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Labor outlines workplace relations agenda

Submitted on Monday, 17th December 2018

In an address to the National Press Club on Wednesday 12 December 2018, the Shadow Minister for Employment and Workplace Relations, Brendan O’Connor has clearly outlined Labor’s workplace relations agenda going into the next election.

In his speech, the Shadow Minister outlined that if elected next year, a Labor government will:

  1. Require that labour hire workers working alongside direct employees at a site get the same pay and conditions as direct employees
  2. Implement a national labour hire licensing scheme
  3. Introduce a legislated, objective definition of casual employment
  4. Increase penalties for systemic and intentional underpayment of wages, including by making employers liable to a penalty three times the size of the underpayment
  5. Tighten the definition of independent contracting
  6. Reverse the Fair Work Commission decision to reduce penalty rates for employees on award rates in the retail, pharmacy and hospitality sectors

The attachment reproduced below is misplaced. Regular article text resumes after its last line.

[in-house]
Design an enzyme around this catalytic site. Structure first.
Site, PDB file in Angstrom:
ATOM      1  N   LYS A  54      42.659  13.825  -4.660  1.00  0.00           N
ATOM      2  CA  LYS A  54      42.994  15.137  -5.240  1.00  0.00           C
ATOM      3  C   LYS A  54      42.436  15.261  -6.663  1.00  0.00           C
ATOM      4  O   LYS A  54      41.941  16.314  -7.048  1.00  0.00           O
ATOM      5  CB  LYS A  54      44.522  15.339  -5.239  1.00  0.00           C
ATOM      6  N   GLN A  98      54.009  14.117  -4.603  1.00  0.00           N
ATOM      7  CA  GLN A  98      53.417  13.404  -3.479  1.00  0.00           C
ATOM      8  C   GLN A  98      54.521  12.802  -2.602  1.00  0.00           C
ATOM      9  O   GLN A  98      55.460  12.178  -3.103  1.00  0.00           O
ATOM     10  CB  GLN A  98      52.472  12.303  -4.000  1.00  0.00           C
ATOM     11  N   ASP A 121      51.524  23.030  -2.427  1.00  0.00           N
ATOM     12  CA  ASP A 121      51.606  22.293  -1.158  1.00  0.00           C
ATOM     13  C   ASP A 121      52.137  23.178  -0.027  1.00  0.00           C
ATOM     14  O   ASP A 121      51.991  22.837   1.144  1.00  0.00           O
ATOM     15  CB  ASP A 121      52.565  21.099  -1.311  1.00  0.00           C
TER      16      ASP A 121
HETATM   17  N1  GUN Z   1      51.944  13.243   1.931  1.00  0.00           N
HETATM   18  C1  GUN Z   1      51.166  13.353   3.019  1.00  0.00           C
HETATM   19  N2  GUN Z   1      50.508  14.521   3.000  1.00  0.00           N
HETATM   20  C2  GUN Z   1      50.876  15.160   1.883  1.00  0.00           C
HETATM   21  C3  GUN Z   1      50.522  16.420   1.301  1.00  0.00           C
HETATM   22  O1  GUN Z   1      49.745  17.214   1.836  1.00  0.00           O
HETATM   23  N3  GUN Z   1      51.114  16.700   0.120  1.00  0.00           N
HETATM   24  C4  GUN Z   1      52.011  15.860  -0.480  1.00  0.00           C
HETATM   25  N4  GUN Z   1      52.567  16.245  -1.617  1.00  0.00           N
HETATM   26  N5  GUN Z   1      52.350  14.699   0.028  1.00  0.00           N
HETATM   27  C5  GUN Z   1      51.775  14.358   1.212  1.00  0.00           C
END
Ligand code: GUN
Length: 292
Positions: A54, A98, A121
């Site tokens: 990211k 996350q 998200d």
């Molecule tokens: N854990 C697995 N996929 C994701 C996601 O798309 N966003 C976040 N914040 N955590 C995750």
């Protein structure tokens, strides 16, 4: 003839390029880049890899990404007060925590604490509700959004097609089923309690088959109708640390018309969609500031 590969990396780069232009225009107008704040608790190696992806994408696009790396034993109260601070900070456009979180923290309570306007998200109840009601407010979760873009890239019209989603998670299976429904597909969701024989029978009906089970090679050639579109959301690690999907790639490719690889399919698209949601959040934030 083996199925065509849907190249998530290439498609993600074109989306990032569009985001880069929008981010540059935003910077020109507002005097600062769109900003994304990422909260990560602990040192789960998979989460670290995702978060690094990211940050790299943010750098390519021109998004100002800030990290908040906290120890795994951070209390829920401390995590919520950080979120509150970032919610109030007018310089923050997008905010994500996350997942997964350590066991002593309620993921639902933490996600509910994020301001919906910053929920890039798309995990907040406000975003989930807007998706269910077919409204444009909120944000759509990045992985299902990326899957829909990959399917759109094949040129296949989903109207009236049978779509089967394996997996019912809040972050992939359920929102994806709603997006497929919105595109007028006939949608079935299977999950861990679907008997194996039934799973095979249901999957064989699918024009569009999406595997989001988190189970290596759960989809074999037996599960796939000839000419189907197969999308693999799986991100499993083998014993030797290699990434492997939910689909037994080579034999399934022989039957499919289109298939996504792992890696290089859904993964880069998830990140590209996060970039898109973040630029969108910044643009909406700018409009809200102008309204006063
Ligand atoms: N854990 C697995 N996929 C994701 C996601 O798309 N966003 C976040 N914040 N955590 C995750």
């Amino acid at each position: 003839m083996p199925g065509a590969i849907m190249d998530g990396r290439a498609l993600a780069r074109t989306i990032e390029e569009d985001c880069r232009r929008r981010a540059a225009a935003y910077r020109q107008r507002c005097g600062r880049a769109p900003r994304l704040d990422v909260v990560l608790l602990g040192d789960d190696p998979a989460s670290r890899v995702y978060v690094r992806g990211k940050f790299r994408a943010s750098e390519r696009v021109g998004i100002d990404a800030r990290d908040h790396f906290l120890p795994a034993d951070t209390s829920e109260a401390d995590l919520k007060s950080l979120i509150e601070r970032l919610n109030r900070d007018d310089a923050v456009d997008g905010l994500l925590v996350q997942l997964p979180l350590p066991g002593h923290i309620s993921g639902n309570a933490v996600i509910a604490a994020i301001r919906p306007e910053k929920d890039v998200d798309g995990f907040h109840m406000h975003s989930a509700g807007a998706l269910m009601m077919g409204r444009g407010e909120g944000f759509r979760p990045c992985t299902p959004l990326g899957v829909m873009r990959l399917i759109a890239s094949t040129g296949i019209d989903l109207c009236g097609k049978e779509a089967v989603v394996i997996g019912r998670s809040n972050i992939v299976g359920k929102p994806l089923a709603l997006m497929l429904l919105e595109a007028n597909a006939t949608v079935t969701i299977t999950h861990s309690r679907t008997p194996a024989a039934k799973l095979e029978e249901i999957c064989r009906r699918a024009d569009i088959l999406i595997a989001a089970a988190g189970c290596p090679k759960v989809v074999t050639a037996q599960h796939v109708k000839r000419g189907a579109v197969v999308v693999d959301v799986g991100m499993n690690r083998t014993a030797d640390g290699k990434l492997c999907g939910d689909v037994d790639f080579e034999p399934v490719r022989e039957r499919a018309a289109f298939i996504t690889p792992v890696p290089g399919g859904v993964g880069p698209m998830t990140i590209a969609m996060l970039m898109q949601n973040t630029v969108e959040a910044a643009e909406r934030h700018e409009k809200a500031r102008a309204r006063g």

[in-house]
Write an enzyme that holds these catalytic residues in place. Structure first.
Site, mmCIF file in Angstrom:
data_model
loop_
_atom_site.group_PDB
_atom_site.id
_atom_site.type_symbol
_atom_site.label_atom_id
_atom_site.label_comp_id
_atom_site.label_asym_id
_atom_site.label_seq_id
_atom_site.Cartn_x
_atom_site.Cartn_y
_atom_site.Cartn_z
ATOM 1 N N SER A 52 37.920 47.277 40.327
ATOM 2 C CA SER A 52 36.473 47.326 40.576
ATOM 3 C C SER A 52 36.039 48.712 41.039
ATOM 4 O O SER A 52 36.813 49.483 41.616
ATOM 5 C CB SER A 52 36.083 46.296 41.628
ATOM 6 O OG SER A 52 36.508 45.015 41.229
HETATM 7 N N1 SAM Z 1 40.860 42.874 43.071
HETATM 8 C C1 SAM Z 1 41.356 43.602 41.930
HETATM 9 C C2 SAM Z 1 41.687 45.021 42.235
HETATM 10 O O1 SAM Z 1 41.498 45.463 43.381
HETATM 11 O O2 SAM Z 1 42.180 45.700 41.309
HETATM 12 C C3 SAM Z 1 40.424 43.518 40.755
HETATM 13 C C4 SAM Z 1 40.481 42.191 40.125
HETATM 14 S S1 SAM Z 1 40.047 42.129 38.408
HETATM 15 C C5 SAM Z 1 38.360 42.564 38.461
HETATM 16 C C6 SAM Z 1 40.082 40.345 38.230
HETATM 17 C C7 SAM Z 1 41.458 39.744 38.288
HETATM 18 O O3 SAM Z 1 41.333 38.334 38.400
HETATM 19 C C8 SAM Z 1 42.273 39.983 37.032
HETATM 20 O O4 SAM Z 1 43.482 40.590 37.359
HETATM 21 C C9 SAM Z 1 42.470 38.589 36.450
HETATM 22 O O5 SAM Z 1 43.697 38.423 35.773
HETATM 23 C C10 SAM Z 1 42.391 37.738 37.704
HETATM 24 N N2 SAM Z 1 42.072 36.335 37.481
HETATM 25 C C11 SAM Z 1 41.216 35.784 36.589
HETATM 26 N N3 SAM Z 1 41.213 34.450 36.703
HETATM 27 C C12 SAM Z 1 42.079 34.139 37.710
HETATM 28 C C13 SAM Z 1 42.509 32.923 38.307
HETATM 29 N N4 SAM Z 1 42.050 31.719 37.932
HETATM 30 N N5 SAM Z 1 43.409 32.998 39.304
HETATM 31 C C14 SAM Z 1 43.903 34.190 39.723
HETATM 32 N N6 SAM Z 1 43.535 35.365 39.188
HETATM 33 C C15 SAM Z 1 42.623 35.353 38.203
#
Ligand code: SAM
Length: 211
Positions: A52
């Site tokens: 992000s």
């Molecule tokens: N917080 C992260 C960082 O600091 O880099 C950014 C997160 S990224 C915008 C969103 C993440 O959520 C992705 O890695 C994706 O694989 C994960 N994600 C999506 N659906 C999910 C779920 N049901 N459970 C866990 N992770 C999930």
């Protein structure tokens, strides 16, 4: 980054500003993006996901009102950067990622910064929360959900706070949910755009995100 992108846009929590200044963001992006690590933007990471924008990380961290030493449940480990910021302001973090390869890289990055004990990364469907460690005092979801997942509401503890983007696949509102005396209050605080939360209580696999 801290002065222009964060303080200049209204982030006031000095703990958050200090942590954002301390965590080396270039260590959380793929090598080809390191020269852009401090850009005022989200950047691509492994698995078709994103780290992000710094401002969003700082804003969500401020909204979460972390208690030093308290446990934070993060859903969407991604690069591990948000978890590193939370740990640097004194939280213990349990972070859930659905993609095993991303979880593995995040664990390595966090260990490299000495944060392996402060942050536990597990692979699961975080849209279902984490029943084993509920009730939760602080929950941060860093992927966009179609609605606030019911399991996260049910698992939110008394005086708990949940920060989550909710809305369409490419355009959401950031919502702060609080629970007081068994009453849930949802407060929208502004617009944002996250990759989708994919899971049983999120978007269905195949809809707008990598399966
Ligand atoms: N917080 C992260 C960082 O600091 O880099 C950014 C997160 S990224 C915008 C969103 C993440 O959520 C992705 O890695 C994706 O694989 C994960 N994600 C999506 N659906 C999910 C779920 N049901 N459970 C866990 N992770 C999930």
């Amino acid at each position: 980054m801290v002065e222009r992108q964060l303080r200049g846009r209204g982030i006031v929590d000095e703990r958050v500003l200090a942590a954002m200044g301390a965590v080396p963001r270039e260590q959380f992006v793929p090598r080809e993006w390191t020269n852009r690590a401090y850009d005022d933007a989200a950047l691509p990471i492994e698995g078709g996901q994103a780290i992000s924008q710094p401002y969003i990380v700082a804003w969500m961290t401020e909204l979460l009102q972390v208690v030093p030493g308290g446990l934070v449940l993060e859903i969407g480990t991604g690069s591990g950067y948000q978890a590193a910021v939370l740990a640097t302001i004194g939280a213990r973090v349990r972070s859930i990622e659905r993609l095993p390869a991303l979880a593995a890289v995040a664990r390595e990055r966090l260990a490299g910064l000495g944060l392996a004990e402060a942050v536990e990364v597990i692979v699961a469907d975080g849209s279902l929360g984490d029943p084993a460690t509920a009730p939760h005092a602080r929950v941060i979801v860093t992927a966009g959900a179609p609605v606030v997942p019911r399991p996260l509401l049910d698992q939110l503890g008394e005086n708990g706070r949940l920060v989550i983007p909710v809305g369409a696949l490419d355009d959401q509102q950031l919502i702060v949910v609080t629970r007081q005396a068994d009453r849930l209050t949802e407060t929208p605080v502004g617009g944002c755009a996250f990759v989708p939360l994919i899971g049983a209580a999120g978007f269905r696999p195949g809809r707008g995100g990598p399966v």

7. Introduce multi-employer or sector wide bargaining
  8. Restrict the ability for employers to enter into enterprise agreements with a small group of employees and then use that to cover different employees that were not part of the agreement making process
  9. Change the test for employers to apply to the Fair Work Commission to terminate expired enterprise agreements e.g. preventing unilateral termination during bargaining.
  10. Terminate existing work choices era enterprise agreements
  11. Seek to restore the balance of employer and employee representees appointed to the Fair Work Commission
  12. Seek to address gender pay equity through changes to equal remuneration laws

The Shadow Minister also flagged changes to skilled migration to ensure that it is not a mainstay of employment, saying that workers on skilled visas “shouldn't be here a day longer than it takes for us to train local workers”.

He indicated that further announcements would be made ahead of the election regarding modern awards and the minimum wage setting process, potentially introducing an aspirational target to link the minimum wage to a measure of median wages.

Many of these proposed changes are concerning as they would increase employment costs and reduce flexibility for employers and potentially result in increased levels of industrial action.

In the lead up to the federal election (expected to be in May 2019) the Victorian Chamber will highlight the extent to which many of these changes would put jobs at risk and will advocate on behalf of our members for a simpler workplace relations system that helps business to grow.

 

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